This article appeared online at TheNewAmerican.com on Tuesday, October 16, 2018:
The White House just officially announced the final numbers for Fiscal Year 2018, which ended September 30. They are ugly: The gap between revenues and spending widened to $779 billion over the previous year, a jump of $113 billion (or 17 percent), despite increased revenues. This is the third consecutive year of rising deficits, with no apparent end in sight.
The White House blamed the usual suspects: the rising costs of “entitlement” benefits (i.e., Social Security, Medicare, Medicaid, and others) and increasing interest costs to service the rising national debt.
Those interest costs increased by one-quarter this year over last, from $263 billion in 2017 to $325 billion in 2018. By 2020, the Congressional Budget Office (CBO) estimates that interest costs will increase by another 50 percent, to nearly $500 billion.
There is no more talk of how the expanding economy will throw off revenues sufficient to start shrinking the national debt. Now, according to Office of Management and Budget (OMB) Director Mick Mulvaney, the best that can be hoped for is some eventual shrinking of the government’s annual deficits:
America’s booming economy will create increased government revenues. But this fiscal picture is a blunt warning to Congress of the dire consequences of irresponsible and unnecessary spending.
Going forward, President Trump and this Administration will continue to work with Congress to make the difficult choices needed to bring fiscal restraint, which, when matched with increasing revenue, will reduce our deficit.
The CBO begs to differ. In April, the nonpartisan group projected a $1 trillion deficit in fiscal year 2020, two years from now, and nearly doubling to $1.9 trillion by 2028.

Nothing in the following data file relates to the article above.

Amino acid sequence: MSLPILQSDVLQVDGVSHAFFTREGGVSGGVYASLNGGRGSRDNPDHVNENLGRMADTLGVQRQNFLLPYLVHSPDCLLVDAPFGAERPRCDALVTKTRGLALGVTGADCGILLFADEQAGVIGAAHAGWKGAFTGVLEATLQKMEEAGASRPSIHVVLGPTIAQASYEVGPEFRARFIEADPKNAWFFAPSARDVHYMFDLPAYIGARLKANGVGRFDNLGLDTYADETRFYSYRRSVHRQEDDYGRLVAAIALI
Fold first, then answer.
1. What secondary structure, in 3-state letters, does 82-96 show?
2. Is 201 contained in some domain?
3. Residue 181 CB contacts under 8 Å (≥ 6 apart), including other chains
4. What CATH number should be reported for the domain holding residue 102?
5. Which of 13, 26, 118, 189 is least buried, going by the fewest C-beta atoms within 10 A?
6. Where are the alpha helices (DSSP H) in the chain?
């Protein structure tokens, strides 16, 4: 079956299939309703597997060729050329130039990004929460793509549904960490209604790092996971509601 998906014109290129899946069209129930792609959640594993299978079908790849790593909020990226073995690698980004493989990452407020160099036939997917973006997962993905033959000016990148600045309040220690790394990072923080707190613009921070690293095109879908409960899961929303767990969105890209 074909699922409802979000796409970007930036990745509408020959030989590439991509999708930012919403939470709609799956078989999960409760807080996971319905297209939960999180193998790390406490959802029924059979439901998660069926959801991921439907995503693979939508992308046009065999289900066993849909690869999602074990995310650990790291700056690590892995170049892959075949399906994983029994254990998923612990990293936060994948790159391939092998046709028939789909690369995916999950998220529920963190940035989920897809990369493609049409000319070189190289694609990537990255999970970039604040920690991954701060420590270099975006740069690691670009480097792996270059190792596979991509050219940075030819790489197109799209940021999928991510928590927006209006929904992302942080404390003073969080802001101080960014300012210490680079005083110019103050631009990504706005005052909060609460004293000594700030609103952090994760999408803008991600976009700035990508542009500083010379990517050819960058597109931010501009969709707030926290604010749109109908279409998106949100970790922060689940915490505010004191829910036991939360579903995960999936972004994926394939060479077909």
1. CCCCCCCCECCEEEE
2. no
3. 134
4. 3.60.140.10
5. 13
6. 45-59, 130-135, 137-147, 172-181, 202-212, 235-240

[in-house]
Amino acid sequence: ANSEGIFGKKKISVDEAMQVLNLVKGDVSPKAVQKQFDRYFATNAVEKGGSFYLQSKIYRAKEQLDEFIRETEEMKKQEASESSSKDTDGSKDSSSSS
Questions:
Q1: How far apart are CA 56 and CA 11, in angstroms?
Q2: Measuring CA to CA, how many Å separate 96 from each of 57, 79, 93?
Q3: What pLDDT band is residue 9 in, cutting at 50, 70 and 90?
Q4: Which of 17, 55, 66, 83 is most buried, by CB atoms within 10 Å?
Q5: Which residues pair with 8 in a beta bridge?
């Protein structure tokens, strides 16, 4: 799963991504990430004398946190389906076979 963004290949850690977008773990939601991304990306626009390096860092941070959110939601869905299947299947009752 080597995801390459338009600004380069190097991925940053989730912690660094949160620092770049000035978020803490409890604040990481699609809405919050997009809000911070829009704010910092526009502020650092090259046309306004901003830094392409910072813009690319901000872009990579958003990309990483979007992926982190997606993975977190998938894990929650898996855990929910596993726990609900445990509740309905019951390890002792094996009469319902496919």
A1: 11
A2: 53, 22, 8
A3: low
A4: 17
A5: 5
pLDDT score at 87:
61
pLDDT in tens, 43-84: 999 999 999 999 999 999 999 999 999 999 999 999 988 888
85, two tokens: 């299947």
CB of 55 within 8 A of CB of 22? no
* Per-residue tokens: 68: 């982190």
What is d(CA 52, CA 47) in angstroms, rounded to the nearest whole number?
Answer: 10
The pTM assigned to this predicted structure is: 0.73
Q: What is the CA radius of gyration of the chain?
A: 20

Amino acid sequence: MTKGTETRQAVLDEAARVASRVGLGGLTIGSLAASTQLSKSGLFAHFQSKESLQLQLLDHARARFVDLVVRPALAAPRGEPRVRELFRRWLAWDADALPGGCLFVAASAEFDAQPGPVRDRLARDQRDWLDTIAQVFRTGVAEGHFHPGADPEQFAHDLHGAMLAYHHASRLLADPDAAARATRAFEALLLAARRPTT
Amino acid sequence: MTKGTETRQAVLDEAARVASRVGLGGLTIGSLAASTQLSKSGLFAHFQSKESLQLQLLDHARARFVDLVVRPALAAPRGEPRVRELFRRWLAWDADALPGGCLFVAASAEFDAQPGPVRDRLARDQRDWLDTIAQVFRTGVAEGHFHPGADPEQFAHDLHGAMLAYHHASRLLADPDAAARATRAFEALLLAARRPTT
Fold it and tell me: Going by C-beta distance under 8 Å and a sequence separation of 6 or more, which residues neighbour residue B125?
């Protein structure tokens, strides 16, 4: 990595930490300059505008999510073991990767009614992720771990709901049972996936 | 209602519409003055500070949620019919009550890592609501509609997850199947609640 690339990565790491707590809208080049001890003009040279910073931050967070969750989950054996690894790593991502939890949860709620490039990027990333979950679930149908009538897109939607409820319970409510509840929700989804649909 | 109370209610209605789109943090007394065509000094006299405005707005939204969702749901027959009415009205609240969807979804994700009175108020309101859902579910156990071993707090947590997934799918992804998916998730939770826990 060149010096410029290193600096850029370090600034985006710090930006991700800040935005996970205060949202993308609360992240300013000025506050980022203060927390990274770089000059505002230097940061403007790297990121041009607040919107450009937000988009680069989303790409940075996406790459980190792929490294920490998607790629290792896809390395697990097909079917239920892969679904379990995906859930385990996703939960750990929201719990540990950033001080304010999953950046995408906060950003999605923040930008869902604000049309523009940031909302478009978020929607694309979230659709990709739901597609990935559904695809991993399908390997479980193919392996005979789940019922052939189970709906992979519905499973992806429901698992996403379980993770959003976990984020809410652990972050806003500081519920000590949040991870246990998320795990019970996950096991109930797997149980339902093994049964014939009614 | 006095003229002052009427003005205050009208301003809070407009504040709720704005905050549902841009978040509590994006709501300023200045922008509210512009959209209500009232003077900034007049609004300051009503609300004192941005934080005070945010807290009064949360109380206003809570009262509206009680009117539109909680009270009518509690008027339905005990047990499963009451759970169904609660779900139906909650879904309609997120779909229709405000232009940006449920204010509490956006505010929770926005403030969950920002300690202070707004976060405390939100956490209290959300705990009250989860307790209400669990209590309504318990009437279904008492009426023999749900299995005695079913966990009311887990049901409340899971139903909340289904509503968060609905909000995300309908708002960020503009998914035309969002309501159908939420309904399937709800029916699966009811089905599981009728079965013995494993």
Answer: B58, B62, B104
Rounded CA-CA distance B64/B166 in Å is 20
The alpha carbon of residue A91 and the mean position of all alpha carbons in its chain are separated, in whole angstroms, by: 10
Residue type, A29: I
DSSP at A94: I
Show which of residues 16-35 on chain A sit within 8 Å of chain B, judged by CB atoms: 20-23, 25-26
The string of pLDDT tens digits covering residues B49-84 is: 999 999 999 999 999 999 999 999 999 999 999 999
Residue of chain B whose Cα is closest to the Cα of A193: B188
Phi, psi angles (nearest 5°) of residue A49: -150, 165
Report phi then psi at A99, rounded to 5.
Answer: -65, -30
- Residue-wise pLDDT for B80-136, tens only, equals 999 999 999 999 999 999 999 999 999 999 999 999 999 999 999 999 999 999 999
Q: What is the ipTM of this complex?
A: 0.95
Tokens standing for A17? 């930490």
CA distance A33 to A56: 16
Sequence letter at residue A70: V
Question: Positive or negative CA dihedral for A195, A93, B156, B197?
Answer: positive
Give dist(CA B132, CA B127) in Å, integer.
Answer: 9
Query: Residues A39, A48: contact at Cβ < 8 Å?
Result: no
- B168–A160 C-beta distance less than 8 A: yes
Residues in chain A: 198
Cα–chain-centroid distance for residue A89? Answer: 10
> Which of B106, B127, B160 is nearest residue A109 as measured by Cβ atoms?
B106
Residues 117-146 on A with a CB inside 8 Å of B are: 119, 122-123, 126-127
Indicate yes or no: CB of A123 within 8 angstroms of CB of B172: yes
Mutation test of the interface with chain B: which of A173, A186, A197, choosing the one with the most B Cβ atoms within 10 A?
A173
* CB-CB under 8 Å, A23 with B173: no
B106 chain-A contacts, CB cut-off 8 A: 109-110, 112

As far as that “irresponsible and unnecessary spending” that Mulvaney referred to, Congress’ hands are largely tied thanks to promises, commitments, and programs previous Congresses have enacted. Of the $4.2 trillion the government spent last year, six percent went to interest and 65 percent went to mandatory entitlement programs, leaving less than 30 percent to pay for everything else, i.e., military, education, etc.
And there’s precious little incentive even to cut any of those “discretionary” programs for at least two reasons: one, it’s an election year; and two, the real crisis isn’t likely to hit before the next 10 years, according to the Congressional Budget Office:
If nothing is done sooner, the crisis point could come in about another decade, when interest costs as a share of GDP (gross domestic product), federal revenue and outlays hit their highest levels in modern times, and the Medicare and Social Security trust funds begin to reach their breaking points.
That’s 10 years from today, or 2028. According to the Congressional Research Service (CRS), “The average years of service for Members of the 115th Congress, as of January 3, 2017, when that Congress convened, was 9.4 years for the House and 10.1 years for the Senate.” How convenient is that? Just when the crisis hits in 10 years, at least half of those members of Congress now in office will either be retired, dead, or behind bars.
And none of this analysis by the CBO bakes into its cake the likelihood of a recession, which would likely cut severely those anticipated and greatly needed revenues.
This is why David Stockman, President Ronald Reagan’s Director of the OMB, quit in disgust. In his book The Triumph of Politics: Why the Reagan Revolution Failed, Stockman criticized the failure of congressional Republicans to cut government spending in order to offset the loss of tax revenues under Reaganomics. This resulted in the national debt nearly doubling during his brief four and a half year tenure as OMB director.
If the past is prologue, then OMB Director Mulvaney is facing the same challenge: nowhere to cut and no interest in doing so even if there were places to cut sufficient to offset the coming rising deficits. With the national debt pushing $22 trillion, taxpayers could see the debt skyrocket to $30 trillion, $40 trillion, or even higher before that “crisis point” is reached.
Speculation abounds as to what happens next. One school of forecasting predicts that bondholders will no longer be interested in buying U.S. government debt for fear of default. At that point the Federal Reserve will “reluctantly” step into the breach and start buying the increasingly worthless paper from the U.S. Treasury, setting off the ultimate solution to the national debt crisis: default through inflation.